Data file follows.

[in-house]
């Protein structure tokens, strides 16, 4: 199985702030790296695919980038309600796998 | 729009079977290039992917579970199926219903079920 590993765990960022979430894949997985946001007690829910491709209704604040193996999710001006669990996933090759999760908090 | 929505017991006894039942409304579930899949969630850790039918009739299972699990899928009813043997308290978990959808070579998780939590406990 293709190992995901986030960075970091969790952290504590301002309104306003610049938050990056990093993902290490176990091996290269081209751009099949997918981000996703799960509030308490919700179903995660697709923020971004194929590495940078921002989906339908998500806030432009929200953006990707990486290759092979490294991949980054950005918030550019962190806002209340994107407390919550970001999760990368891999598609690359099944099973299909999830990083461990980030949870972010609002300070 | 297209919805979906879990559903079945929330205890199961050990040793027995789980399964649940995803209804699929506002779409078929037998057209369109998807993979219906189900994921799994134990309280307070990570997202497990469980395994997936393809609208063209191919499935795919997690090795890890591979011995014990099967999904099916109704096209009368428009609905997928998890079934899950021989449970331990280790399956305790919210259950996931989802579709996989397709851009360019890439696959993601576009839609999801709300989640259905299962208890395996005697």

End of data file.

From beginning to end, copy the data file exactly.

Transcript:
[in-house]
């Protein structure tokens, strides 16, 4: 199985702030790296695919980038309600796998 | 729009079977290039992917579970199926219903079920 590993765990960022979430894949997985946001007690829910491709209704604040193996999710001006669990996933090759999760908090 | 929505017991006894039942409304579930899949969630850790039918009739299972699990899928009813043997308290978990959808070579998780939590406990 293709190992995901986030960075970091969790952290504590301002309104306003610049938050990056990093993902290490176990091996290269081209751009099949997918981000996703799960509030308490919700179903995660697709923020971004194929590495940078921002989906339908998500806030432009929200953006990707990486290759092979490294991949980054950005918030550019962190806002209340994107407390919550970001999760990368891999598609690359099944099973299909999830990083461990980030949870972010609002300070 | 297209919805979906879990559903079945929330205890199961050990040793027995789980399964649940995803209804699929506002779409078929037998057209369109998807993979219906189900994921799994134990309280307070990570997202497990469980395994997936393809609208063209191919499935795919997690090795890890591979011995014990099967999904099916109704096209009368428009609905997928998890079934899950021989449970331990280790399956305790919210259950996931989802579709996989397709851009360019890439696959993601576009839609999801709300989640259905299962208890395996005697």